Woodrick v. Wood

Woodrick v. Wood 1994 Ohio App. LEXIS 2258, 1994 WL 236287

Court of Appeals of Ohio, Eighth Appellate District, Cuyahoga County
ISSUE:

May the holder of a remainder interest in a parcel of land prohibit the life tenant of such property from destroying structures on the land?

ANSWER:

Yes, if the contemplated act of the life tenant would result in diminution of the value of the property.

RULE:

LexisNexis Headnote 2: Waste, Elements Waste is defined as an abuse or destructive use of property by one in rightful possession. Ohio Rev. Code Ann. § 2103.07 provides that a tenant in dower in real property who commits or suffers waste thereto will forfeit that part of the property to which such waste is committed or suffered to the person having the immediate estate in reversion or remainder and will be liable in damages to such person for the waste committed or suffered thereto.

FACTS:

A barn partially rested on a parcel of land in which plaintiff held a 25 percent remainder interest and in which defendant held a life estate. The barn was in disrepair, and defendant sought to tear it down. Plaintiff requested an injunction prohibiting defendant from removing the barn. The trial court denied the injunction but ordered defendant to pay plaintiff the value of the barn if it was torn down.

RATIONALE:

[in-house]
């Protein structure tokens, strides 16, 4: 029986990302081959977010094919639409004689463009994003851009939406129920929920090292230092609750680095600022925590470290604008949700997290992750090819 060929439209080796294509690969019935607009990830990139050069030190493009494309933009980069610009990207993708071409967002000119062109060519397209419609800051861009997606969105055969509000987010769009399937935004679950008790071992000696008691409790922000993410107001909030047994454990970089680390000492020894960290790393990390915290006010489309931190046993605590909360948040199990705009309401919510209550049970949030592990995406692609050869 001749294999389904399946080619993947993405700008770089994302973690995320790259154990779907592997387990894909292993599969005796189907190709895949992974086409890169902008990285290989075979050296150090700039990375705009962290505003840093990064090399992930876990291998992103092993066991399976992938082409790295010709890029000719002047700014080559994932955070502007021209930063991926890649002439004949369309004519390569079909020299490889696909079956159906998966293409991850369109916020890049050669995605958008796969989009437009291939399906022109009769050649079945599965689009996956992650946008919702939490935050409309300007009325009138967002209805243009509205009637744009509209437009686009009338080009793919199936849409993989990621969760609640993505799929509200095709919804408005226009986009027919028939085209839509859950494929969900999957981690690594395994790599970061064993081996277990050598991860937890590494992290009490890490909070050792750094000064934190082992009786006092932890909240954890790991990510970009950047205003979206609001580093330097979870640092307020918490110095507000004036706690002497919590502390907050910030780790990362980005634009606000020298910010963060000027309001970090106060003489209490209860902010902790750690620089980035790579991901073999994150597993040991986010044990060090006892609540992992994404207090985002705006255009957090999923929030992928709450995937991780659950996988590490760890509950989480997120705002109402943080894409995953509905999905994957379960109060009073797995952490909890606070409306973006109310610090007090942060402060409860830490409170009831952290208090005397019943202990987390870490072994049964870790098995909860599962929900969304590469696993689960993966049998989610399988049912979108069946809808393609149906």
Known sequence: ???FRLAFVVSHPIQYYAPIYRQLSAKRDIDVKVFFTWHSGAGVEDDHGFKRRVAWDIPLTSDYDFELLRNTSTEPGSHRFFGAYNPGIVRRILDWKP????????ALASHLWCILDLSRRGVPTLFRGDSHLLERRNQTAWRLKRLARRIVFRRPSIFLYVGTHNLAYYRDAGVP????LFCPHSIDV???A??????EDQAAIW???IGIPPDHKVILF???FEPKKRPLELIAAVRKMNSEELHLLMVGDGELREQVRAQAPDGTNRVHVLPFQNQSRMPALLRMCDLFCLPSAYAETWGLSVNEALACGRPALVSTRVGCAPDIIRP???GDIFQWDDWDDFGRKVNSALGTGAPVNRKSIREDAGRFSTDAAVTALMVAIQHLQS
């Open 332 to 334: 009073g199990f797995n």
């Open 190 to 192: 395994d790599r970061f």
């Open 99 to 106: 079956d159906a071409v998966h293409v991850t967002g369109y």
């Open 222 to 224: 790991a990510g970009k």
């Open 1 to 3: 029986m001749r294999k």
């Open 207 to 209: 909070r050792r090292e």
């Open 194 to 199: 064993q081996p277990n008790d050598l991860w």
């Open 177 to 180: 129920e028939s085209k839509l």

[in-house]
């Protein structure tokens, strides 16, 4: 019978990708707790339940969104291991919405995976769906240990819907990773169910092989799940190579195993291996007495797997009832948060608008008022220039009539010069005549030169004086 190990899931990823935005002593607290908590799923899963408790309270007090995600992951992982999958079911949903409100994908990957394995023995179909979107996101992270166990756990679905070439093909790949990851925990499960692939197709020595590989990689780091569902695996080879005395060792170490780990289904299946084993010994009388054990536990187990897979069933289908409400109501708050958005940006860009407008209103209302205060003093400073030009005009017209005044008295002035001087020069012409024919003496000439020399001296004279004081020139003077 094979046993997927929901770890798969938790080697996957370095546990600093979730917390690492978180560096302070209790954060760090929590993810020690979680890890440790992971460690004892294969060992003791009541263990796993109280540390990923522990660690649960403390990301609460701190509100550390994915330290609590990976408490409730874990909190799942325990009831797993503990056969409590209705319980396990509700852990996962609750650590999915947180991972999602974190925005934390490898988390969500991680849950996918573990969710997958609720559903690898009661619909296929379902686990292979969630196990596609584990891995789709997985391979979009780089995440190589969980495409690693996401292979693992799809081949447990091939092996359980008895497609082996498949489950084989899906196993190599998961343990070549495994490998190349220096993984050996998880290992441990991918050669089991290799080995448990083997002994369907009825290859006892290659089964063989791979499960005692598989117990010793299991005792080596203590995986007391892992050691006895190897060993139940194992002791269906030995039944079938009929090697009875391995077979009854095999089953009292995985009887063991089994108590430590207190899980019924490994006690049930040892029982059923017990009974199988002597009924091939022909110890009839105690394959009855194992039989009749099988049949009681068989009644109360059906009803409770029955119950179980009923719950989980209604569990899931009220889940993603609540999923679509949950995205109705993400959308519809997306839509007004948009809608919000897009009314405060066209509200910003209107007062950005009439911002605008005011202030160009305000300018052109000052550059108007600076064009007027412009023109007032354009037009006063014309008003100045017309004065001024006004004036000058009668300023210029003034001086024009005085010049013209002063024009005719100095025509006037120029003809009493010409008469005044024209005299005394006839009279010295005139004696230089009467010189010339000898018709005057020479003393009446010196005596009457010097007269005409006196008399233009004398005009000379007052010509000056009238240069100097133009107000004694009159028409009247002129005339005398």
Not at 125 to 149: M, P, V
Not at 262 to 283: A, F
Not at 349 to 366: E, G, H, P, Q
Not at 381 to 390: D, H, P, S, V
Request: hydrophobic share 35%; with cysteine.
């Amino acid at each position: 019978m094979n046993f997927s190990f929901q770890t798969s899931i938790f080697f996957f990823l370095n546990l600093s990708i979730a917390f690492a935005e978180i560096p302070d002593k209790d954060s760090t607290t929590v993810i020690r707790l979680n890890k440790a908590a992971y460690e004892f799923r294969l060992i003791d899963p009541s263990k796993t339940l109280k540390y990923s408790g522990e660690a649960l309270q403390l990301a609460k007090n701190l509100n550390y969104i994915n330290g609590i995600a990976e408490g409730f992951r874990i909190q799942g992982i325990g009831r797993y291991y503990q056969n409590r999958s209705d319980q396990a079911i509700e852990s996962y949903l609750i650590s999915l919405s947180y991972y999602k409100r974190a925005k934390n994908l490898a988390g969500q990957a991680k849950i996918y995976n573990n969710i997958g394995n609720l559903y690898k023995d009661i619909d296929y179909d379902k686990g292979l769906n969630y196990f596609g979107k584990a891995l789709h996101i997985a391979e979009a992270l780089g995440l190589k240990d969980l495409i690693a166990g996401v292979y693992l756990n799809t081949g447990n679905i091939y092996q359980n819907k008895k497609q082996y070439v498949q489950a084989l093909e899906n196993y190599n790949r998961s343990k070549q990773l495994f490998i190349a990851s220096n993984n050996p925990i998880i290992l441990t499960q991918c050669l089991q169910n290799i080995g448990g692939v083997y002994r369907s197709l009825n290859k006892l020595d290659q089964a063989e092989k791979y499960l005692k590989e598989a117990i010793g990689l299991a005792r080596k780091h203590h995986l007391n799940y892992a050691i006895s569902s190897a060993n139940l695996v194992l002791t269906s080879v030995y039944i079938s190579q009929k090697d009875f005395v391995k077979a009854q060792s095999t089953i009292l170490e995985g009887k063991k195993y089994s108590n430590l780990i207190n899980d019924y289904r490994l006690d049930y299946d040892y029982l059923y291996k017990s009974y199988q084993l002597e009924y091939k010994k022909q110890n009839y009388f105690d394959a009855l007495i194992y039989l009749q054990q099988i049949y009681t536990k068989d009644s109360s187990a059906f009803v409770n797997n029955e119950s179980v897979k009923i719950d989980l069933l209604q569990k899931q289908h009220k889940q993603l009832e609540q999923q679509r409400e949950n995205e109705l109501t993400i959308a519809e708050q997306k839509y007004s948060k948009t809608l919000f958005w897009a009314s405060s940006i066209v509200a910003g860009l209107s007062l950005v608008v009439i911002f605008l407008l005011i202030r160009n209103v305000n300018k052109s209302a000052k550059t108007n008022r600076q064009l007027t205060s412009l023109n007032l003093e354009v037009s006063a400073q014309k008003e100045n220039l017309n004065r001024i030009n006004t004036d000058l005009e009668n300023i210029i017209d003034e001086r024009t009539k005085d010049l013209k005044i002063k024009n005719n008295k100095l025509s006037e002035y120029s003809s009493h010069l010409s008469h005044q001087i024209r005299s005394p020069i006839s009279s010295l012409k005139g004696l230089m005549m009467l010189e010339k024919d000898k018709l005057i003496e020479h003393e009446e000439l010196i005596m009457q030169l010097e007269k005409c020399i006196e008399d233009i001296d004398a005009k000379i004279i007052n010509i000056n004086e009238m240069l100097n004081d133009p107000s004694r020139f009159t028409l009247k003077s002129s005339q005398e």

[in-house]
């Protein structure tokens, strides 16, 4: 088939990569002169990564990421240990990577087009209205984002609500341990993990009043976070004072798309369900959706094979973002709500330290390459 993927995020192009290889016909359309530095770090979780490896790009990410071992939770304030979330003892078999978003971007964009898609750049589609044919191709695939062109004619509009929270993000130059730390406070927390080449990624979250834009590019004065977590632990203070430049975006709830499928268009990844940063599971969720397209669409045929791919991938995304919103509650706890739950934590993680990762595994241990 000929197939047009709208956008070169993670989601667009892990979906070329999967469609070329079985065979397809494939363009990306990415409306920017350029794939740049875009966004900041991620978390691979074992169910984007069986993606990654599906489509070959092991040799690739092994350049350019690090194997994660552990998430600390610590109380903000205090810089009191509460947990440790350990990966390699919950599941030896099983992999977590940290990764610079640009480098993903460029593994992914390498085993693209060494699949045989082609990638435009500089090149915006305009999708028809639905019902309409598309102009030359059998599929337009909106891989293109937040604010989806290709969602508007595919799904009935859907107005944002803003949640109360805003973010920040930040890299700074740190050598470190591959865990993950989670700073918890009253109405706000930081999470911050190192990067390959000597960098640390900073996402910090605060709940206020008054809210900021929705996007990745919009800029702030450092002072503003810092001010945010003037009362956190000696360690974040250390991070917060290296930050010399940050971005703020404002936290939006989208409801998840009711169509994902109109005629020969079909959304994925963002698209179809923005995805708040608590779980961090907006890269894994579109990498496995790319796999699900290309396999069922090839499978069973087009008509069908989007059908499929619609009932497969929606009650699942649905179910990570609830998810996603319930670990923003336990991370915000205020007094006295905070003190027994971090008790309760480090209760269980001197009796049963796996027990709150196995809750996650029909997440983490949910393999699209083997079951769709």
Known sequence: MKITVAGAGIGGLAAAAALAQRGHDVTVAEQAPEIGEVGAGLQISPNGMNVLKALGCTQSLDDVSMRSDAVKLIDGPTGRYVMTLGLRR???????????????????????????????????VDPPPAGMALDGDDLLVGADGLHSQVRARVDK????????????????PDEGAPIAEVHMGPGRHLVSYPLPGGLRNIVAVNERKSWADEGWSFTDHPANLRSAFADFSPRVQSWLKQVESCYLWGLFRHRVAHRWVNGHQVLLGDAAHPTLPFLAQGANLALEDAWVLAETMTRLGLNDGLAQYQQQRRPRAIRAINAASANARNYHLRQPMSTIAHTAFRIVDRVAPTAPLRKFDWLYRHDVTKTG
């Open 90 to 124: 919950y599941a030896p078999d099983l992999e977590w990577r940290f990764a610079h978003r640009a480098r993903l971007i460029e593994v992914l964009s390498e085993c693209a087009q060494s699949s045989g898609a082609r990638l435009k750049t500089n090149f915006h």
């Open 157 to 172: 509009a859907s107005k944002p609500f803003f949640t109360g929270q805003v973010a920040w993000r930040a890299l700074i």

An injunction is an available remedy to prevent an act of waste, which is defined as an abuse or destructive use of property by one in rightful possession. Ohio Rev. Code Ann. § 2103.07 provides that a tenant in dower in real property who commits or suffers waste thereto will forfeit that part of the property to which such waste is committed or suffered to the person having the immediate estate in reversion or remainder and will be liable in damages to such person for the waste committed or suffered thereto. Acts which would technically constitute waste as defined under the common law will not be enjoined when they result in improving rather than injuring the property. The destruction of the barn, though objectionable to plaintiff, did not constitute waste to the property because the value of the property would not be diminished by the barn's destruction. While plaintiff presented evidence that the barn itself had value and that she had personal property stored there, she had not shown that the presence of the barn on the property added any value to the property. The trial court’s order that defendant pay plaintiff the value of the barn if defendant destroyed it adequately assured that plaintiff would be adequately compensated for the barn’s removal.

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